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1.
Nat Rev Mol Cell Biol ; 21(3): 151-166, 2020 03.
Artigo em Inglês | MEDLINE | ID: mdl-32034394

RESUMO

During division, eukaryotic cells undergo a dramatic, complex and coordinated remodelling of their cytoskeleton and membranes. For cell division to occur, chromosomes must be segregated and new cellular structures, such as the spindle apparatus, must be assembled. Pre-existing organelles, such as the nuclear envelope, endoplasmic reticulum and Golgi apparatus, must be disassembled or remodelled, distributed and reformed. Smaller organelles such as mitochondria as well as cytoplasmic content must also be properly distributed between daughter cells. This mixture of organelles and cytoplasm is bound by a plasma membrane that is itself subject to remodelling as division progresses. The lipids resident in these different membrane compartments play important roles in facilitating the division process. In recent years, we have begun to understand how membrane remodelling is coordinated during division; however, there is still much to learn. In this Review, we discuss recent insights into how these important cellular events are performed and regulated.


Assuntos
Divisão Celular/fisiologia , Membranas/metabolismo , Organelas/fisiologia , Animais , Membrana Celular/metabolismo , Retículo Endoplasmático/metabolismo , Endossomos/metabolismo , Células Eucarióticas/citologia , Complexo de Golgi/metabolismo , Humanos , Membranas/fisiologia , Microtúbulos/metabolismo , Mitocôndrias/metabolismo , Organelas/metabolismo , Fuso Acromático/metabolismo
2.
Nat Commun ; 11(1): 24, 2020 01 07.
Artigo em Inglês | MEDLINE | ID: mdl-31911655

RESUMO

The spindle assembly checkpoint (SAC) prevents premature chromosome segregation by inactivating the anaphase promoting complex/cyclosome (APC/C) until all chromosomes are properly attached to mitotic spindles. Here we identify a role for Cullin-RING ubiquitin ligase complex 4 (CRL4), known for modulating DNA replication, as a crucial mitotic regulator that triggers the termination of the SAC and enables chromosome segregation. CRL4 is recruited to chromatin by the replication origin binding protein RepID/DCAF14/PHIP. During mitosis, CRL4 dissociates from RepID and replaces it with RB Binding Protein 7 (RBBP7), which ubiquitinates the SAC mediator BUB3 to enable mitotic exit. During interphase, BUB3 is protected from CRL4-mediated degradation by associating with promyelocytic leukemia (PML) nuclear bodies, ensuring its availability upon mitotic onset. Deficiencies in RepID, CRL4 or RBBP7 delay mitotic exit, increase genomic instability and enhance sensitivity to paclitaxel, a microtubule stabilizer and anti-tumor drug.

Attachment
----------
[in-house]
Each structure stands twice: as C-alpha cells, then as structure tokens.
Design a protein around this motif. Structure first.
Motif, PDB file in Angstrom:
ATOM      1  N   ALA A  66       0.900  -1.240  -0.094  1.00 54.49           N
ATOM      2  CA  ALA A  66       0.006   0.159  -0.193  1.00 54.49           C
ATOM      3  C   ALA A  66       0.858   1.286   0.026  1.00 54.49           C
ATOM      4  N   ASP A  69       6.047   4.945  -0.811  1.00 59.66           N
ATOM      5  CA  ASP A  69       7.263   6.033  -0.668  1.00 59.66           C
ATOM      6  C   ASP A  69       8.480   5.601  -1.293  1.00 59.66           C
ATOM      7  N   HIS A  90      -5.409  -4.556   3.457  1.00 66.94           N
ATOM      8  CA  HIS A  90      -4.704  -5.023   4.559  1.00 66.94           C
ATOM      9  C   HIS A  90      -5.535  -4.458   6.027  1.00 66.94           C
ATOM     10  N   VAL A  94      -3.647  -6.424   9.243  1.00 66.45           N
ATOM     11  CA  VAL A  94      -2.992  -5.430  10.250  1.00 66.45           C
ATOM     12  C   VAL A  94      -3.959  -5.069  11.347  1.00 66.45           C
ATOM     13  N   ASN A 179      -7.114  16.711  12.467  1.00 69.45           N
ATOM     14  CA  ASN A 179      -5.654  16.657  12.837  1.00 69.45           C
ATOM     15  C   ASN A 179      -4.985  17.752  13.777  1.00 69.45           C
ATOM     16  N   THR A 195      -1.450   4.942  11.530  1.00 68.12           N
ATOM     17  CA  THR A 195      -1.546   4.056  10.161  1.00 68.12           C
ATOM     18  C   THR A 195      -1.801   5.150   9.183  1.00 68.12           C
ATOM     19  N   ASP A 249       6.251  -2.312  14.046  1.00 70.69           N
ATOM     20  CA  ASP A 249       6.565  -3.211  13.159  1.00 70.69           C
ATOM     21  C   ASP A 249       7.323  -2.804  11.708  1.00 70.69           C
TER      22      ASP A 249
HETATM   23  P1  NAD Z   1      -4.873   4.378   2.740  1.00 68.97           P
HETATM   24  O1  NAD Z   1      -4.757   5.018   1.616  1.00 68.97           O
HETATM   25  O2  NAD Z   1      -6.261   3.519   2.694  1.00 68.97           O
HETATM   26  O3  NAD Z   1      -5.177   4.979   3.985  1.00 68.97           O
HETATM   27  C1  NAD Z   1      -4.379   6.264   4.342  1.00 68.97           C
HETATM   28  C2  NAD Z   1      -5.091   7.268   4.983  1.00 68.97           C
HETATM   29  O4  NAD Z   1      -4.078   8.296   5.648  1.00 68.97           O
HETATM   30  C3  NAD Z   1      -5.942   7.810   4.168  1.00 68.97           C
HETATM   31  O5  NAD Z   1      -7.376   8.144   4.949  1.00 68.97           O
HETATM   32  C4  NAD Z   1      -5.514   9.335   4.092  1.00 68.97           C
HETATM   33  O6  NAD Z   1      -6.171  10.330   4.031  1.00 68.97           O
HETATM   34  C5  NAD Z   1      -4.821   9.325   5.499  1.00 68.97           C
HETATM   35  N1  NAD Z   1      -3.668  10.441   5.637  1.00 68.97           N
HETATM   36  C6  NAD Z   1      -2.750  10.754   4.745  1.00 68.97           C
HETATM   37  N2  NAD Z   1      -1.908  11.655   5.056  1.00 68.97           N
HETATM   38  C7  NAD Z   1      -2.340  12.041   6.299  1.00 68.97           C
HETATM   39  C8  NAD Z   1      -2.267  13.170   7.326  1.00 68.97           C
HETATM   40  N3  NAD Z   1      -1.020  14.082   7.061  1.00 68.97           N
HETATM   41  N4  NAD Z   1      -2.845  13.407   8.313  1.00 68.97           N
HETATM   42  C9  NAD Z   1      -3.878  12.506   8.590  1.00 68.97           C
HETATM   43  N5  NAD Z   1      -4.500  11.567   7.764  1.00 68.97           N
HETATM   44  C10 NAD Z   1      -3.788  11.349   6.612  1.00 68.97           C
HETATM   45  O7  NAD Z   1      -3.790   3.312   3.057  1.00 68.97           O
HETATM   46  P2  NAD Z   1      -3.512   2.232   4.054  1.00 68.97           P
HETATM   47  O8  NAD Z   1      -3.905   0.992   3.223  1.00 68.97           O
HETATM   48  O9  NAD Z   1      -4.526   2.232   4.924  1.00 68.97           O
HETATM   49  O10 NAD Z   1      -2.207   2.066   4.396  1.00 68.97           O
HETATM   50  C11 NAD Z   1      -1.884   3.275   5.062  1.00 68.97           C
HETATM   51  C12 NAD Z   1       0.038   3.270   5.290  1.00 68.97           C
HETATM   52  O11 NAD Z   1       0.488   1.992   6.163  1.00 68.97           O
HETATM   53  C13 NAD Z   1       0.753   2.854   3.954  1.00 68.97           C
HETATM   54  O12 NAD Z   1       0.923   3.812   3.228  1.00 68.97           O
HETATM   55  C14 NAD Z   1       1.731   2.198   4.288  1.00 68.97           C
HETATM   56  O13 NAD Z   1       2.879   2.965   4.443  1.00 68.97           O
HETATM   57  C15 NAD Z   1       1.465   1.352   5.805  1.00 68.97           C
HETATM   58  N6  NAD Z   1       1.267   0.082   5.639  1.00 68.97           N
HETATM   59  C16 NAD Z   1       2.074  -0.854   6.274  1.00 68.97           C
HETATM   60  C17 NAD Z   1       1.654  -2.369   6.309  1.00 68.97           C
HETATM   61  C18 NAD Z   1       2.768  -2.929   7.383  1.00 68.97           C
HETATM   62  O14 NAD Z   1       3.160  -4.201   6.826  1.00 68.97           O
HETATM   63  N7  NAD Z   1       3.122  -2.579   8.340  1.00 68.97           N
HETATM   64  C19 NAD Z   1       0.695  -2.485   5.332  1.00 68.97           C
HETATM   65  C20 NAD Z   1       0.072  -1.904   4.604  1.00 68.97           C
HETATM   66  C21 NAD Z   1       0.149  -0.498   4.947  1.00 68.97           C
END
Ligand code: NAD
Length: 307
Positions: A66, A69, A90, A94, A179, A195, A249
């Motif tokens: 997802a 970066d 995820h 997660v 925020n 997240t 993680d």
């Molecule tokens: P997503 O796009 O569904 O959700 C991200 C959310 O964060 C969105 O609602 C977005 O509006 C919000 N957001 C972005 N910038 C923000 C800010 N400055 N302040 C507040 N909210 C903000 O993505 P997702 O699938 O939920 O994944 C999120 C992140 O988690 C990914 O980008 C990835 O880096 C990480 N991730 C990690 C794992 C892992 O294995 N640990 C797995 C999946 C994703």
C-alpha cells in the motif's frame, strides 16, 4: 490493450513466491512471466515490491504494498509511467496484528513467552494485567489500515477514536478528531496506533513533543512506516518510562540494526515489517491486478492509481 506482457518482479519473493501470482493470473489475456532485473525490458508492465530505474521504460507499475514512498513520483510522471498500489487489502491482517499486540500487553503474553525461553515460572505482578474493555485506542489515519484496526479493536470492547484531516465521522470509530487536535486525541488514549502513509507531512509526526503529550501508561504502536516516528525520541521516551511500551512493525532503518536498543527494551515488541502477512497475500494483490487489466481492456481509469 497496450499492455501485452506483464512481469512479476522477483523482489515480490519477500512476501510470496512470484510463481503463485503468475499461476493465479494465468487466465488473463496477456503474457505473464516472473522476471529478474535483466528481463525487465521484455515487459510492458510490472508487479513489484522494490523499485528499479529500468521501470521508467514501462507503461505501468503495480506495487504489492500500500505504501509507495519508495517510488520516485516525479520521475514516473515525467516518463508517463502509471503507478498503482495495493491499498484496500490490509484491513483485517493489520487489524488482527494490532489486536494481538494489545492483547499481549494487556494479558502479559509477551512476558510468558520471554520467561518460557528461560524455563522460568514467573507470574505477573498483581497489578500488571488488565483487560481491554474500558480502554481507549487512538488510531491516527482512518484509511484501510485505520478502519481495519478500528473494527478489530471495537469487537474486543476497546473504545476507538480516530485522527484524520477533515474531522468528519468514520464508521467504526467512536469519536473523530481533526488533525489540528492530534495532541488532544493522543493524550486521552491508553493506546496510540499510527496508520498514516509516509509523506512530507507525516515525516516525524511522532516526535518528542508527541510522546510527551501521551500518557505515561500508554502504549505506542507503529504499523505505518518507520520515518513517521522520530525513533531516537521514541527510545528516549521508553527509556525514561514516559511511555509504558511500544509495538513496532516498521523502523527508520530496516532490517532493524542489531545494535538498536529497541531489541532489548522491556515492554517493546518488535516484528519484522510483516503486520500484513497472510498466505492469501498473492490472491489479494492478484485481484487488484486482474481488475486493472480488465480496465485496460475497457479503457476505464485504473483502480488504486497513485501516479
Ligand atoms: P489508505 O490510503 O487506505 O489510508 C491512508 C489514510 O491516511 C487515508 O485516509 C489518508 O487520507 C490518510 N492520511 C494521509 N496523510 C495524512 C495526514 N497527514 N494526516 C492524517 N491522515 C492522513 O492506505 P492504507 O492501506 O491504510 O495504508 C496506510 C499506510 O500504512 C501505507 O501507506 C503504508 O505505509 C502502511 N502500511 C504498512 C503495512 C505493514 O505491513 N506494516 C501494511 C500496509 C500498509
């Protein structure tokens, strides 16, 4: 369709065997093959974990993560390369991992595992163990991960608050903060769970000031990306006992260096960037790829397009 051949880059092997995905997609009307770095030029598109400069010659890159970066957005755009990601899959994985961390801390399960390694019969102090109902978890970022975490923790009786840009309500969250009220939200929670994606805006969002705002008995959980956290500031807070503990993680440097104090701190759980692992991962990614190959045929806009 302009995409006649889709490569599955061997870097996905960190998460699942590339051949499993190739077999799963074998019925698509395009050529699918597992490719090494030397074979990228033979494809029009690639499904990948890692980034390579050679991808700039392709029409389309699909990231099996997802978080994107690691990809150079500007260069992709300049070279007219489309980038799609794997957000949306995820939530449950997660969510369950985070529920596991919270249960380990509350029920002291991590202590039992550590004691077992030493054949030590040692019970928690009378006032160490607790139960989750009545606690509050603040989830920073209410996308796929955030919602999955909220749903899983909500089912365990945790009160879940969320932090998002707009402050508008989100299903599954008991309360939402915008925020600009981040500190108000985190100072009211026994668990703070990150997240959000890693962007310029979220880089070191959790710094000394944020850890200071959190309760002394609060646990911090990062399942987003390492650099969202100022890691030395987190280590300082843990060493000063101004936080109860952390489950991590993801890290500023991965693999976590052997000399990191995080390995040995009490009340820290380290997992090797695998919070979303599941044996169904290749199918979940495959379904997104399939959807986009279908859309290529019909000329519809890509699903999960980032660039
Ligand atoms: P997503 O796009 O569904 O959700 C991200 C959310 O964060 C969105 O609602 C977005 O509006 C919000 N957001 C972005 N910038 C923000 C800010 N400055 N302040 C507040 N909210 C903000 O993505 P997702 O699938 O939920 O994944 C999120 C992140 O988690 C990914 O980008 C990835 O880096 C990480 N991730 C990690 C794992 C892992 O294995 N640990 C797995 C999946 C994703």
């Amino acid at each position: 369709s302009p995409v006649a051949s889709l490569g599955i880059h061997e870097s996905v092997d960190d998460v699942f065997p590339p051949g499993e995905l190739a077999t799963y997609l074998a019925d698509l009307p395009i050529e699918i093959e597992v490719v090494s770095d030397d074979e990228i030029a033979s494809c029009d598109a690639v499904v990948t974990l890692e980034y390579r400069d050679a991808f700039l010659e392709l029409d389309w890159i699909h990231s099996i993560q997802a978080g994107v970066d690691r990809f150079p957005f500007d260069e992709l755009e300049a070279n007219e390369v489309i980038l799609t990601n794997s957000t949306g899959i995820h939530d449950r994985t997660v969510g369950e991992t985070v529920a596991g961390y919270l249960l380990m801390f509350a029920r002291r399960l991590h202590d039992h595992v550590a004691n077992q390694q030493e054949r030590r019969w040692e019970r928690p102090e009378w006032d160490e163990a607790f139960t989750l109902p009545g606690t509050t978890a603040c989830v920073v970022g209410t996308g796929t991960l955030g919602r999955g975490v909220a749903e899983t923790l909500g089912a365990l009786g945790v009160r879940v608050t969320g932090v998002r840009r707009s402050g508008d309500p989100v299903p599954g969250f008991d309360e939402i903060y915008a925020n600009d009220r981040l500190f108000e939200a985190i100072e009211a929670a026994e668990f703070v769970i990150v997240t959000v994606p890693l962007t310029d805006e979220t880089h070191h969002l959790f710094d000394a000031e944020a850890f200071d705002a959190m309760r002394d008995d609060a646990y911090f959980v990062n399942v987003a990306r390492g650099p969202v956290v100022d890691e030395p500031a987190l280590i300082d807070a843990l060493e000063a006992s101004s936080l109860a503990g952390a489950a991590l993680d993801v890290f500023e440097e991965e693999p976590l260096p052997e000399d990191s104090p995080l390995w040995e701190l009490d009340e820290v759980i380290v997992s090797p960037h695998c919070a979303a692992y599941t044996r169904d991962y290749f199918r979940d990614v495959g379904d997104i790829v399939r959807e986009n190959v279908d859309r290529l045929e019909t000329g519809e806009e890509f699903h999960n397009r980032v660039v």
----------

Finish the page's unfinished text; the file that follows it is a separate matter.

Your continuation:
Assuntos
Anáfase , Proteínas de Ciclo Celular/metabolismo , Peptídeos e Proteínas de Sinalização Intracelular/metabolismo , Metáfase , Proteínas de Ligação a Poli-ADP-Ribose/metabolismo , Ubiquitina-Proteína Ligases/metabolismo , Proteínas de Ciclo Celular/genética , Linhagem Celular , Humanos , Peptídeos e Proteínas de Sinalização Intracelular/genética , Mitose , Proteínas de Ligação a Poli-ADP-Ribose/genética , Proteína da Leucemia Promielocítica/genética , Proteína da Leucemia Promielocítica/metabolismo , Ligação Proteica , Proteólise , Proteína 7 de Ligação ao Retinoblastoma/genética , Proteína 7 de Ligação ao Retinoblastoma/metabolismo , Fuso Acromático/metabolismo , Ubiquitina-Proteína Ligases/genética
3.
Nat Commun ; 11(1): 277, 2020 01 14.
Artigo em Inglês | MEDLINE | ID: mdl-31937754

RESUMO

Migration of meiosis-I (MI) spindle from the cell center to a sub-cortical location is a critical step for mouse oocytes to undergo asymmetric meiotic cell division. In this study, we investigate the mechanism by which formin-2 (FMN2) orchestrates the initial movement of MI spindle. By defining protein domains responsible for targeting FMN2, we show that spindle-periphery localized FMN2 is required for spindle migration. The spindle-peripheral FMN2 nucleates short actin bundles from vesicles derived likely from the endoplasmic reticulum (ER) and concentrated in a layer outside the spindle. This layer is in turn surrounded by mitochondria. A model based on polymerizing actin filaments pushing against mitochondria, thus generating a counter force on the spindle, demonstrated an inherent ability of this system to break symmetry and evolve directional spindle motion. The model is further supported through experiments involving spatially biasing actin nucleation via optogenetics and disruption of mitochondrial distribution and dynamics.


Assuntos
Actinas/metabolismo , Meiose , Oócitos/citologia , Organelas/metabolismo , Fuso Acromático/metabolismo , Animais , Divisão Celular Assimétrica , Vesículas Citoplasmáticas/metabolismo , Retículo Endoplasmático/metabolismo , Feminino , Forminas/química , Forminas/genética , Forminas/metabolismo , Camundongos , Mitocôndrias/metabolismo , Modelos Biológicos , Proteínas do Tecido Nervoso/química , Proteínas do Tecido Nervoso/genética , Proteínas do Tecido Nervoso/metabolismo , Oócitos/metabolismo , Domínios Proteicos , Deleção de Sequência
4.
Nat Commun ; 11(1): 270, 2020 01 14.
Artigo em Inglês | MEDLINE | ID: mdl-31937751

RESUMO